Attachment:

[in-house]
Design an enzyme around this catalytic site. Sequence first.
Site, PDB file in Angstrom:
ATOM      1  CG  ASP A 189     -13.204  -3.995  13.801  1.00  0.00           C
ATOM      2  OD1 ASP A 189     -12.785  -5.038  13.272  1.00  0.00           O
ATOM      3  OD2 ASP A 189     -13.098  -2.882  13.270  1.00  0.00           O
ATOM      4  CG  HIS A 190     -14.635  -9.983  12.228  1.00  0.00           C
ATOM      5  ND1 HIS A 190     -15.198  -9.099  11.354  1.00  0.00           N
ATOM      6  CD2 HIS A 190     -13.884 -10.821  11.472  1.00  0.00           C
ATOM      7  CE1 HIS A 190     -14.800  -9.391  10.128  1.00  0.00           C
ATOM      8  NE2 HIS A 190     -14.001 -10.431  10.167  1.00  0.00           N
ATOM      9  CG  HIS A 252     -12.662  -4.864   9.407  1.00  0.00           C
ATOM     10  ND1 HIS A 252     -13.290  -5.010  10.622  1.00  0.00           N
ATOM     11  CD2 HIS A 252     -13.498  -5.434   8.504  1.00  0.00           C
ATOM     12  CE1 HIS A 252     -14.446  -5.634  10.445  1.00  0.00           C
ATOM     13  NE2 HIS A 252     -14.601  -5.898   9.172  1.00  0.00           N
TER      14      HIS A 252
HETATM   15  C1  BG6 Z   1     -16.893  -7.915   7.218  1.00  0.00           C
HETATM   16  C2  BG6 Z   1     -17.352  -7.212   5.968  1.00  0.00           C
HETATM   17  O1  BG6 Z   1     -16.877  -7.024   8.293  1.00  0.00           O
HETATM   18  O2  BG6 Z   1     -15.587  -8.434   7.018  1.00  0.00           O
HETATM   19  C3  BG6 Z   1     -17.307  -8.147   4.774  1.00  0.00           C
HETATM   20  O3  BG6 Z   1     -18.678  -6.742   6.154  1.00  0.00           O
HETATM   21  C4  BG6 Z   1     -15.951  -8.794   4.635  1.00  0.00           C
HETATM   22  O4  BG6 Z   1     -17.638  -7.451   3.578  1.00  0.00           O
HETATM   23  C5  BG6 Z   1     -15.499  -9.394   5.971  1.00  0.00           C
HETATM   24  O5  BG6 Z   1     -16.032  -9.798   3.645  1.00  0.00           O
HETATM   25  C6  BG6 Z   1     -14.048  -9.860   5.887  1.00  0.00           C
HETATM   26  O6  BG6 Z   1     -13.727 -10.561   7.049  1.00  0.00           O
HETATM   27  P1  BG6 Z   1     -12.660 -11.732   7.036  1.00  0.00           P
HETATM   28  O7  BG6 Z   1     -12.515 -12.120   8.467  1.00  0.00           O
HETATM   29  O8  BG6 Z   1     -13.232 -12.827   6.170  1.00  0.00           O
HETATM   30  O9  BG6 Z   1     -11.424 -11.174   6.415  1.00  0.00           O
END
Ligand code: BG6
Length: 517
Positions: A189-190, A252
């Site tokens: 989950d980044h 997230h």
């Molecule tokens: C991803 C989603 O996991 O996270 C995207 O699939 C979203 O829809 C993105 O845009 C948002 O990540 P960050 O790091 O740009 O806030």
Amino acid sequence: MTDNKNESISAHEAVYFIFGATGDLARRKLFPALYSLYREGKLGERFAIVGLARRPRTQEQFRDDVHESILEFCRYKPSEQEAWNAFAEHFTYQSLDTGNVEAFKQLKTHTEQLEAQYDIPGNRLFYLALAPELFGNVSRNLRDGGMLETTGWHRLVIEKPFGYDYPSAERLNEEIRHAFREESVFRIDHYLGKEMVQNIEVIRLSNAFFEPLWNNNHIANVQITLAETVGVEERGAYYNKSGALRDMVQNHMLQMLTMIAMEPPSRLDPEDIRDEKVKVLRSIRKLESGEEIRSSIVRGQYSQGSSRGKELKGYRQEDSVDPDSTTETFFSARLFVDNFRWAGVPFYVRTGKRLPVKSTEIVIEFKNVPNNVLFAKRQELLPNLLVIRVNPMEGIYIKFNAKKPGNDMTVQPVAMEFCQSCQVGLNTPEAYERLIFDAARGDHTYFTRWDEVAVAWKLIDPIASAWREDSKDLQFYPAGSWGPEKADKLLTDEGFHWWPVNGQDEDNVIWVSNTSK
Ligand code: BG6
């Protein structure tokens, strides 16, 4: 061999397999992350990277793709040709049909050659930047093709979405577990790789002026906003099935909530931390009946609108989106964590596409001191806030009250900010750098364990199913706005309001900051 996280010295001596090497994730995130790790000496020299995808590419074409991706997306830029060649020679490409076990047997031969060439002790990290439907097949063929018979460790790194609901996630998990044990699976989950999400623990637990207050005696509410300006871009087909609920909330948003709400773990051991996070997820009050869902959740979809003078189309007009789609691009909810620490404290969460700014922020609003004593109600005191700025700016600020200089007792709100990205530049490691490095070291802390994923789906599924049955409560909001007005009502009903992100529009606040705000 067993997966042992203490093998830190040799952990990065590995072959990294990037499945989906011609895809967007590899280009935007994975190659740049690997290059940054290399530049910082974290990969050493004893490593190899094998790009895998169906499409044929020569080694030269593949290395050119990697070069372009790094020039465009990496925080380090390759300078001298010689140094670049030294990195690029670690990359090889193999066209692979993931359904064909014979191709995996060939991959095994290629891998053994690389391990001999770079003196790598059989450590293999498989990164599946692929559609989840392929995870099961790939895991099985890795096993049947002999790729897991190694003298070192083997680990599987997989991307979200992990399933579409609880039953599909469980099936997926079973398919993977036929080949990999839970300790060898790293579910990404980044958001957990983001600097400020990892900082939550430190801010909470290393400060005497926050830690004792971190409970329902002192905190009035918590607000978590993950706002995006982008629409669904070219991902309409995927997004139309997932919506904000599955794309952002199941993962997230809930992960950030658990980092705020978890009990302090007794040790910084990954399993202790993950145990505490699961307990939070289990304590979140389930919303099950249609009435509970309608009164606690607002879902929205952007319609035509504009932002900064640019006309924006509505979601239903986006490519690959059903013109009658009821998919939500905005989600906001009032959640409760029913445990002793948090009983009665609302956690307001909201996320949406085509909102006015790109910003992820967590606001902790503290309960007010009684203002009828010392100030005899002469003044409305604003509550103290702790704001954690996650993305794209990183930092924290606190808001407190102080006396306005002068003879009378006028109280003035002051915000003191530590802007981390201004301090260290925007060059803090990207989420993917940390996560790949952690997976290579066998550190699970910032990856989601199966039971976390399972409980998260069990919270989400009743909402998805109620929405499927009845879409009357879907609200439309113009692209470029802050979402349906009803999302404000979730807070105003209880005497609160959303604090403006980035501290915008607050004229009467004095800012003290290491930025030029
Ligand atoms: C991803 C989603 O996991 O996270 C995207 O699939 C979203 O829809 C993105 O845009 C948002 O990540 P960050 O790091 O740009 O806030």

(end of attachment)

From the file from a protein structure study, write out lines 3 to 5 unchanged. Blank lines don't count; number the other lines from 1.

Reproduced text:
Site, PDB file in Angstrom:
ATOM      1  CG  ASP A 189     -13.204  -3.995  13.801  1.00  0.00           C
ATOM      2  OD1 ASP A 189     -12.785  -5.038  13.272  1.00  0.00           O